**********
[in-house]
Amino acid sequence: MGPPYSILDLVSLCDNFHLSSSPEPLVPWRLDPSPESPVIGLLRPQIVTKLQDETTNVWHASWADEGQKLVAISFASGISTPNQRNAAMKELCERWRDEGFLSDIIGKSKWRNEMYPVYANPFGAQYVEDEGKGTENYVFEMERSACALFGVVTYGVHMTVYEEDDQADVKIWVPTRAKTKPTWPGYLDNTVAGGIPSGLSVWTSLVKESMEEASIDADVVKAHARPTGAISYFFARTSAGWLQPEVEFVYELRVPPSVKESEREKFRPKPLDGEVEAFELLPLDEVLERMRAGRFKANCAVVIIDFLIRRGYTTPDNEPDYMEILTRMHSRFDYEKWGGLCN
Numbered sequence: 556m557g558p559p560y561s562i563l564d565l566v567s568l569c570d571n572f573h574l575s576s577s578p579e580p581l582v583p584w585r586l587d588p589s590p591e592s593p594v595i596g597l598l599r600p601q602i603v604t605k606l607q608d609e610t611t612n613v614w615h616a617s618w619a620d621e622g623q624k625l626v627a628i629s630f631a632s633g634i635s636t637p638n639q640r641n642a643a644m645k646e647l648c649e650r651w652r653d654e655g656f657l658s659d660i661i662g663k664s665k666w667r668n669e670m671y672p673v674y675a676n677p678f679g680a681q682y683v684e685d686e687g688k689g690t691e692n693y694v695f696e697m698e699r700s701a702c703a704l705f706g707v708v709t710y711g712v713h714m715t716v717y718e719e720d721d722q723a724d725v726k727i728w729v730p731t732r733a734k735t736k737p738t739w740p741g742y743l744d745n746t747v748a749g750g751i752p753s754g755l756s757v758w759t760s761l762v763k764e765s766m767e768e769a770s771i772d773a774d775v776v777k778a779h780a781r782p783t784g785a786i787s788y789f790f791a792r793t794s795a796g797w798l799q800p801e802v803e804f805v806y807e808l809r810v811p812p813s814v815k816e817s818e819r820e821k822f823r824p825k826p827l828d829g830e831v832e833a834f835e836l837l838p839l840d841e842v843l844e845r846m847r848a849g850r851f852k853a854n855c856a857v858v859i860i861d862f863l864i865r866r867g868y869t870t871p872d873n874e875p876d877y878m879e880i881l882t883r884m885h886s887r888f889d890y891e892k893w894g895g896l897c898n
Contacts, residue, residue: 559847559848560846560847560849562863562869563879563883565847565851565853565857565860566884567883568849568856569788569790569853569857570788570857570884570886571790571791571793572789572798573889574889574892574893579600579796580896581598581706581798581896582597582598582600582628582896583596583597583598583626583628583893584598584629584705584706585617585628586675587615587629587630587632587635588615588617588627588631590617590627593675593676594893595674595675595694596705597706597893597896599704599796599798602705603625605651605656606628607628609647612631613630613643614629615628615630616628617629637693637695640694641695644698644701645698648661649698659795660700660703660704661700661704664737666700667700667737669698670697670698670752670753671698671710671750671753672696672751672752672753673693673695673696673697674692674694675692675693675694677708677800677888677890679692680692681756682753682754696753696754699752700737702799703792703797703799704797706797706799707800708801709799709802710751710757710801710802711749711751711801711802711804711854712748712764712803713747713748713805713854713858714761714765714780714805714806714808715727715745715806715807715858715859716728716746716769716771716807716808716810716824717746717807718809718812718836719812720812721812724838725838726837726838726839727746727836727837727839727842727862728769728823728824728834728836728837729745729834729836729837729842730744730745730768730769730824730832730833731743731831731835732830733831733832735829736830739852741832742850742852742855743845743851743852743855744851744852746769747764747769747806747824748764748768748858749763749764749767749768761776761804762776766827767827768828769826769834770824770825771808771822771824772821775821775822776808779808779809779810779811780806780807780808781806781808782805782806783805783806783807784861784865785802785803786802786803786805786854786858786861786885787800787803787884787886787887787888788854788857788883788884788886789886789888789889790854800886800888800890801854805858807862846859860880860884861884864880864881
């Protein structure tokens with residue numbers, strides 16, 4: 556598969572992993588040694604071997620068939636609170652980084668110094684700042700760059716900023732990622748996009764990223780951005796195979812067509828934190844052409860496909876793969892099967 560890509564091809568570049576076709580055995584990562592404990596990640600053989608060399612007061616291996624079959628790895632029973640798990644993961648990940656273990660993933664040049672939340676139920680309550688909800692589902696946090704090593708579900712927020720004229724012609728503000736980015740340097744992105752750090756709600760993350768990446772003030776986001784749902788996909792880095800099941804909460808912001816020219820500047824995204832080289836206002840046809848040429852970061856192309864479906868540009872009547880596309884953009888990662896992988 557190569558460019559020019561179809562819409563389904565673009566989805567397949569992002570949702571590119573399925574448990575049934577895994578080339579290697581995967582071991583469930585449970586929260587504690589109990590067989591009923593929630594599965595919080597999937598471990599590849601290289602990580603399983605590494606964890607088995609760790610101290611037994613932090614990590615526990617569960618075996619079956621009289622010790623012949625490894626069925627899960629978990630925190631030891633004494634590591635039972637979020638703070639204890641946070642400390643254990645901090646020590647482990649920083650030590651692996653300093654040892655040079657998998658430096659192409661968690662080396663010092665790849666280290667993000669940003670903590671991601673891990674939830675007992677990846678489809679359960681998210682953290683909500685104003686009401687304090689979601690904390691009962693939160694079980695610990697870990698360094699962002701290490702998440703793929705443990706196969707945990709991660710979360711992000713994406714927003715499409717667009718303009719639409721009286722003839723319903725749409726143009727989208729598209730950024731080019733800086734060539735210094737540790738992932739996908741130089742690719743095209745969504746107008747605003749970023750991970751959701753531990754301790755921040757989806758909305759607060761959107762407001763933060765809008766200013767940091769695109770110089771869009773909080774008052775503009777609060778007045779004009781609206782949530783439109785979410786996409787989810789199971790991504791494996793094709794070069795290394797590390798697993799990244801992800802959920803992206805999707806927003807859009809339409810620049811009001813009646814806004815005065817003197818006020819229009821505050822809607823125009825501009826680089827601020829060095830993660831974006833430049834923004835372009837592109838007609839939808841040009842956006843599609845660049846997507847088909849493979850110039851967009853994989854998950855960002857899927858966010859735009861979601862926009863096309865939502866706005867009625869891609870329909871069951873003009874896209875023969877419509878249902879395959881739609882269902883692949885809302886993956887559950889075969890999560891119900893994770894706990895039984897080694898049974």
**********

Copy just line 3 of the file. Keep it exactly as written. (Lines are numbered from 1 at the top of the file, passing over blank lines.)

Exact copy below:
Numbered sequence: 556m557g558p559p560y561s562i563l564d565l566v567s568l569c570d571n572f573h574l575s576s577s578p579e580p581l582v583p584w585r586l587d588p589s590p591e592s593p594v595i596g597l598l599r600p601q602i603v604t605k606l607q608d609e610t611t612n613v614w615h616a617s618w619a620d621e622g623q624k625l626v627a628i629s630f631a632s633g634i635s636t637p638n639q640r641n642a643a644m645k646e647l648c649e650r651w652r653d654e655g656f657l658s659d660i661i662g663k664s665k666w667r668n669e670m671y672p673v674y675a676n677p678f679g680a681q682y683v684e685d686e687g688k689g690t691e692n693y694v695f696e697m698e699r700s701a702c703a704l705f706g707v708v709t710y711g712v713h714m715t716v717y718e719e720d721d722q723a724d725v726k727i728w729v730p731t732r733a734k735t736k737p738t739w740p741g742y743l744d745n746t747v748a749g750g751i752p753s754g755l756s757v758w759t760s761l762v763k764e765s766m767e768e769a770s771i772d773a774d775v776v777k778a779h780a781r782p783t784g785a786i787s788y789f790f791a792r793t794s795a796g797w798l799q800p801e802v803e804f805v806y807e808l809r810v811p812p813s814v815k816e817s818e819r820e821k822f823r824p825k826p827l828d829g830e831v832e833a834f835e836l837l838p839l840d841e842v843l844e845r846m847r848a849g850r851f852k853a854n855c856a857v858v859i860i861d862f863l864i865r866r867g868y869t870t871p872d873n874e875p876d877y878m879e880i881l882t883r884m885h886s887r888f889d890y891e892k893w894g895g896l897c898n